Through frequent, well-timed, and well-intended feedback — offered up freely and welcomed graciously as an act of caring — healthcare organizations can supercharge their efforts to create a positive work environment where people feel appreciated, accountable, supported, cared for and noticed.”

 

After describing this incident to me, my husband finished with “Isn’t this GREAT!? This was a brand-new dietary aide who approached two very senior members of the medical staff and called us out on our behavior. This is so GREAT! This would have never happened five years ago and now it just feels normal, even welcomed and appreciated.”

I am co-founder and principal of Capstone Leadership Solutions, a firm specializing in assisting healthcare leaders and their teams achieve extraordinary patient, employee, and business results, and much to my husband’s chagrin, I’ve shared this story with many audiences of healthcare workers; after which, I ask, “Would the actions of this dietary aide be a typical occurrence where you work?”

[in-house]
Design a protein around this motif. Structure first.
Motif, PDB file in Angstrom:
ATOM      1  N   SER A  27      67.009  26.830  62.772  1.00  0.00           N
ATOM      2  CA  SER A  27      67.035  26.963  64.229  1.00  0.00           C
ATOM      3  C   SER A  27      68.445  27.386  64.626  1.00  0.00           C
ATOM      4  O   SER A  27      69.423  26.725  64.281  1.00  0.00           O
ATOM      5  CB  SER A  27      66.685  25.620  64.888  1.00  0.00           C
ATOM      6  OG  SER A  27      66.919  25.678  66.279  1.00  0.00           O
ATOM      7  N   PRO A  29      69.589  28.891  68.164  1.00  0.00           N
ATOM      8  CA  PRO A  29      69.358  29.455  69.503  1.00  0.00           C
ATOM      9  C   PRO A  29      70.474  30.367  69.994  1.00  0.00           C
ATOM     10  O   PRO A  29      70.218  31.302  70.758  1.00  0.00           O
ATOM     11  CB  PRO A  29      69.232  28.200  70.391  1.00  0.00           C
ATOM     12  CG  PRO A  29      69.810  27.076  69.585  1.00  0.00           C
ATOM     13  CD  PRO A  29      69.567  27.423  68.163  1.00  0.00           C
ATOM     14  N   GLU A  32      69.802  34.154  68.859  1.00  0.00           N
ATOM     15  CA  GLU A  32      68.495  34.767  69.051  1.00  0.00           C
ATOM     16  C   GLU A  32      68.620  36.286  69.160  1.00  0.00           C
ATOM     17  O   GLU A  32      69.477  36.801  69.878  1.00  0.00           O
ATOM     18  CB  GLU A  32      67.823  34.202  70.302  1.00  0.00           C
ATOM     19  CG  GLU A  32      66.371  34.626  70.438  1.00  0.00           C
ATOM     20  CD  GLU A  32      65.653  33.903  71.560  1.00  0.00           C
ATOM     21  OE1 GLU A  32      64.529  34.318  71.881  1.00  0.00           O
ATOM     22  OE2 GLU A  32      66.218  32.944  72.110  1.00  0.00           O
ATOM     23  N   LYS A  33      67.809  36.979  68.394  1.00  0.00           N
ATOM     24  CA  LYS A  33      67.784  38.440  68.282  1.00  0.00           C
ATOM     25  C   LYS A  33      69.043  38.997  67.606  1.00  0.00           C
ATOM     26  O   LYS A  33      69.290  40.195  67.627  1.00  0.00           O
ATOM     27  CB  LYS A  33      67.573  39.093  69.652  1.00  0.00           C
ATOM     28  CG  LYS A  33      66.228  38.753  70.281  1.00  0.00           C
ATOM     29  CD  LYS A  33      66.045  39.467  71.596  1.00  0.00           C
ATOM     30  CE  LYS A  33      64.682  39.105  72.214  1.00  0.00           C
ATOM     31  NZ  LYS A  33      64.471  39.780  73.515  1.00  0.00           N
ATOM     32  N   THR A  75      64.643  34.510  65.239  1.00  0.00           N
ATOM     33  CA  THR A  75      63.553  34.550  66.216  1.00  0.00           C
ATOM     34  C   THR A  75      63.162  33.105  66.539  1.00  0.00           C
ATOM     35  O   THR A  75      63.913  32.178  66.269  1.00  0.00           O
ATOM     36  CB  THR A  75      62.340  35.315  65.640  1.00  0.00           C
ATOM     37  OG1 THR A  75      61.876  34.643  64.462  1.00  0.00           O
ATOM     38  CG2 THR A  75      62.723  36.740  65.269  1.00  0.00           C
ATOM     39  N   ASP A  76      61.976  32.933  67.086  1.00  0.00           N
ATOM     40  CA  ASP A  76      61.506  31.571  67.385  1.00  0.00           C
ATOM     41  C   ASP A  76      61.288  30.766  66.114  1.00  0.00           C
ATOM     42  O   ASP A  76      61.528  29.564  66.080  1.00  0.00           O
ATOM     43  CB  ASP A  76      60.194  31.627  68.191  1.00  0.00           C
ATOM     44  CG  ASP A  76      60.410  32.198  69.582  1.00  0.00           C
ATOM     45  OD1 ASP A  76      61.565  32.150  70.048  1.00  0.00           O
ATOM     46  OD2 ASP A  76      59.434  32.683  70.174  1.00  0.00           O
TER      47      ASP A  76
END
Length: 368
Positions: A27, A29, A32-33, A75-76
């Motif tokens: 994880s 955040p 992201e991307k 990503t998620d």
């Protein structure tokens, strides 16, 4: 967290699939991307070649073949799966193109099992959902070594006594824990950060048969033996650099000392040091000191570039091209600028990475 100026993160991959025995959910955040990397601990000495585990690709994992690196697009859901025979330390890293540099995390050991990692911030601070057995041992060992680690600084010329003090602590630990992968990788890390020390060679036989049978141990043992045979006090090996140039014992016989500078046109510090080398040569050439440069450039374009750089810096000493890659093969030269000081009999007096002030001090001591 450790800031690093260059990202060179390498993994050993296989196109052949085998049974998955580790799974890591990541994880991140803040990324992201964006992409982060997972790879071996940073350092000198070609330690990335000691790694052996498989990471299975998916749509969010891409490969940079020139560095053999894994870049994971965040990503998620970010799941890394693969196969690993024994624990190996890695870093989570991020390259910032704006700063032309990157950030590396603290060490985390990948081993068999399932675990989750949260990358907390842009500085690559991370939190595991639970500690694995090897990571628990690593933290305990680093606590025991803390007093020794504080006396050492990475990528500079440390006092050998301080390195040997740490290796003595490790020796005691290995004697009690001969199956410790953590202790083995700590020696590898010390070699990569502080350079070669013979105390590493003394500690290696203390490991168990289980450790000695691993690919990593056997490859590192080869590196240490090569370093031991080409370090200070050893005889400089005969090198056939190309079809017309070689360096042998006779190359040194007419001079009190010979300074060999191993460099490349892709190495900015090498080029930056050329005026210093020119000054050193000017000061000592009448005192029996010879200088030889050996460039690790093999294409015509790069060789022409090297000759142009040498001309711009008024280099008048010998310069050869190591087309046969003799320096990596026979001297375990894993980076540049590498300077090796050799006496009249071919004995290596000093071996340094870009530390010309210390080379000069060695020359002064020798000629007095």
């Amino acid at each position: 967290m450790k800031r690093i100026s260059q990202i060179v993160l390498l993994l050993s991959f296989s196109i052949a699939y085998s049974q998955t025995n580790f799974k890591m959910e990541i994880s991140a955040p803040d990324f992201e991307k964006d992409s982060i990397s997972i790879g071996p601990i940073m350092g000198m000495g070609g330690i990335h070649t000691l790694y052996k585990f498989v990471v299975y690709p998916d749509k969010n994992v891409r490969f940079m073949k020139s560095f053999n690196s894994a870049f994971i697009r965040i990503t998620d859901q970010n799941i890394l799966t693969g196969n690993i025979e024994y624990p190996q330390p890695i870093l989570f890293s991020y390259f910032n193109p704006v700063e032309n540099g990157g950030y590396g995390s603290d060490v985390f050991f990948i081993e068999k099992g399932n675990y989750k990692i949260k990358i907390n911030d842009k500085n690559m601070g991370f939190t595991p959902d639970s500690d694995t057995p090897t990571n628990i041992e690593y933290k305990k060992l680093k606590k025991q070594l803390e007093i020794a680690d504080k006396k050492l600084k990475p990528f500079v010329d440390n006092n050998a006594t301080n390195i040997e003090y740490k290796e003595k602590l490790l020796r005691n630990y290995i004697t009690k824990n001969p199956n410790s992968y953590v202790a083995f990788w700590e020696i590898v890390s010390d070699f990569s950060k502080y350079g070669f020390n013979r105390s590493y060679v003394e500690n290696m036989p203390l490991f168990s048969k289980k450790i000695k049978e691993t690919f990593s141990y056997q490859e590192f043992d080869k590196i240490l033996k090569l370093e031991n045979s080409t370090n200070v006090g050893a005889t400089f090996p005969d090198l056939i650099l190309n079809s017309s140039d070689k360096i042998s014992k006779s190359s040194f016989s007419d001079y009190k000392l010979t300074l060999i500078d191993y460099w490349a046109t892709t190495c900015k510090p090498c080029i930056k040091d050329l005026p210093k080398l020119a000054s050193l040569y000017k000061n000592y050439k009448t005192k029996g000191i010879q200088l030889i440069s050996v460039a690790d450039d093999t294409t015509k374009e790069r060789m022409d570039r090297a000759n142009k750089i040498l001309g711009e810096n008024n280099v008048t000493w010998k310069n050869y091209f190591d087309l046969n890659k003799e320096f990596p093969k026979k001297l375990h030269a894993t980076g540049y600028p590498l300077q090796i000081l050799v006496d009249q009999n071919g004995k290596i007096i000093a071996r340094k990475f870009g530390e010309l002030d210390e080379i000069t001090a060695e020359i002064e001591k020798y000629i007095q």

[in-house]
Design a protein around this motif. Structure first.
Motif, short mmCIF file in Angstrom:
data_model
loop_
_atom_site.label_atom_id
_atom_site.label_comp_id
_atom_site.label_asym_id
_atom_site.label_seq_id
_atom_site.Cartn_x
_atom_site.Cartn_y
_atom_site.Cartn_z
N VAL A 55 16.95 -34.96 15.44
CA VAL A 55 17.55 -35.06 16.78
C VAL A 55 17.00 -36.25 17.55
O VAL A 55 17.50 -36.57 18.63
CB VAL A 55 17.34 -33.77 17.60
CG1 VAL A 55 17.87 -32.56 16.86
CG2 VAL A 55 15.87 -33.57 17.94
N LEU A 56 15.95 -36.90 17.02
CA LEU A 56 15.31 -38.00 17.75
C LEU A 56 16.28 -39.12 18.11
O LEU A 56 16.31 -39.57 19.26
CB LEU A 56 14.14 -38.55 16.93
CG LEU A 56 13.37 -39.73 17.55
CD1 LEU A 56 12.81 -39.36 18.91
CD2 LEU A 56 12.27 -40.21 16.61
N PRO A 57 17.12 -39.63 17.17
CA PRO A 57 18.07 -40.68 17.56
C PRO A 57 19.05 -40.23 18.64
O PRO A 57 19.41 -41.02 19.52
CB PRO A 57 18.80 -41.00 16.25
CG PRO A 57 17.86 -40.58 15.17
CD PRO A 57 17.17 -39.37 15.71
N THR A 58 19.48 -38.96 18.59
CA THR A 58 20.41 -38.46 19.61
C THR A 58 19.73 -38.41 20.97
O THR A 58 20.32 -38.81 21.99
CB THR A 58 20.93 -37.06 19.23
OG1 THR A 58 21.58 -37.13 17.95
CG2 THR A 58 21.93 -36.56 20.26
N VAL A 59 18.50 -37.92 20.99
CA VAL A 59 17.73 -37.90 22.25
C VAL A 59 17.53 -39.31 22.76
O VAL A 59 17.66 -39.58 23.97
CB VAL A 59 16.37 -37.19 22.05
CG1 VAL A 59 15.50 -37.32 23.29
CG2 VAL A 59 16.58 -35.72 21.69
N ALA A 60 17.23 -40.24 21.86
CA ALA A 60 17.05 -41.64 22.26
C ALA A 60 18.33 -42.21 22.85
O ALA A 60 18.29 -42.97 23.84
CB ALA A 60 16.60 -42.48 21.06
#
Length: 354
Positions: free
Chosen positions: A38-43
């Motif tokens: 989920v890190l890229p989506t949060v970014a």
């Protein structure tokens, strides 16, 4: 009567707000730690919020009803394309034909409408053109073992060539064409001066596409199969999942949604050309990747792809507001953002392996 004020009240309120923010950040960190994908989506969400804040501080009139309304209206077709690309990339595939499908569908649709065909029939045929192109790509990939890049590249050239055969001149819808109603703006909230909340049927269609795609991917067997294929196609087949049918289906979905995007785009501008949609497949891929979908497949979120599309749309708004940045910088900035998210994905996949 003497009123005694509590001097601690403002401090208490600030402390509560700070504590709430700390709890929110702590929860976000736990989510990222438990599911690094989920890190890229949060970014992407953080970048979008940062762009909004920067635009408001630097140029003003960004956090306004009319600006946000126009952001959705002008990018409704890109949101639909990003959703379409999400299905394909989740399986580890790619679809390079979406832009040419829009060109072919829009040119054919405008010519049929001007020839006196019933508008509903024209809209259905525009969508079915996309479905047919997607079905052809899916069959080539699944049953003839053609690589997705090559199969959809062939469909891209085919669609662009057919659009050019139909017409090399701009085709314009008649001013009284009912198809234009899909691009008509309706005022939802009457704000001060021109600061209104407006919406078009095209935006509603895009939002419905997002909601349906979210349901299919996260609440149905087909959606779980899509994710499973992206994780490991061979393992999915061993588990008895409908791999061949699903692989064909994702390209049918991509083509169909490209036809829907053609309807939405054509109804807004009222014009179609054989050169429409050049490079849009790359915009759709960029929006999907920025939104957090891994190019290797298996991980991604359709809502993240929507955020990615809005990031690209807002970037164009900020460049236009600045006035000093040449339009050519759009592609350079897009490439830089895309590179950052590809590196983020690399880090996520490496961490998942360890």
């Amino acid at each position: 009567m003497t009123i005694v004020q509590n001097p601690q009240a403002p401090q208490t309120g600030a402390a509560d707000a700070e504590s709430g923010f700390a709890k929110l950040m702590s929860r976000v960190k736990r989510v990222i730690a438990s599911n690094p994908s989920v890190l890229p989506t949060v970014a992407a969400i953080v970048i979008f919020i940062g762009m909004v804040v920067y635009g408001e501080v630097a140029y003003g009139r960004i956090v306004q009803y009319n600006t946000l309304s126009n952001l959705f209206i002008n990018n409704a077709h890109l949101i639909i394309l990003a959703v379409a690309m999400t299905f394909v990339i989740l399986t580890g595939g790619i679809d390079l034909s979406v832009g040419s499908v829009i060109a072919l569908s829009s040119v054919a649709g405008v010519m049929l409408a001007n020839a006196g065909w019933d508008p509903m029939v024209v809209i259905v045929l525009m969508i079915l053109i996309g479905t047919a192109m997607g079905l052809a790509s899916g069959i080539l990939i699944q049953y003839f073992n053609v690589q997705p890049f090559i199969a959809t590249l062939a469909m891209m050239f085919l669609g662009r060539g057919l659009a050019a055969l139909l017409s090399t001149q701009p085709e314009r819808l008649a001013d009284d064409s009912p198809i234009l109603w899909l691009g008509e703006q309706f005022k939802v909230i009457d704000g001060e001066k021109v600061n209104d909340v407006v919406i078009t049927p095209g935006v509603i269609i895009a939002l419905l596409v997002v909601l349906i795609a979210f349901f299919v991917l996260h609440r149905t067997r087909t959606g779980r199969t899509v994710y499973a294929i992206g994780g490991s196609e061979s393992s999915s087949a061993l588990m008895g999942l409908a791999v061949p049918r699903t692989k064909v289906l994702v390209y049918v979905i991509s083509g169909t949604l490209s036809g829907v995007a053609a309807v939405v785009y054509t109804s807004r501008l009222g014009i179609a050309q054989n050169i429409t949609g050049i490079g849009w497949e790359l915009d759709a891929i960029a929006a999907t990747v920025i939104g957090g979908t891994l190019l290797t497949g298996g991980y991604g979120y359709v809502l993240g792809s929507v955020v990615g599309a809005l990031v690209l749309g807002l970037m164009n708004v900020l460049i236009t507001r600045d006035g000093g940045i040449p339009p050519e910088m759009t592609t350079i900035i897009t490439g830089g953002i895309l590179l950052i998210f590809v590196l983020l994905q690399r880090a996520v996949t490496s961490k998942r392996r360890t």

Most often, the answer is a resounding “no!”

Certainly, healthcare audiences are savvy enough to know that having a healthy feedback culture doesn’t “just happen.” There is a pathway there, and they want to be on it. 

While evolving a company’s feedback culture is a complex undertaking, through our work with dozens of healthcare organizations, we have identified three essential actions on the pathway for doing this and doing so in such a way that it will likely evolve even faster than was the case in the hospital that my husband works at.

1. Establishing Giving & Receiving Feedback as a core competency of leaders 

Feedback in Healthcare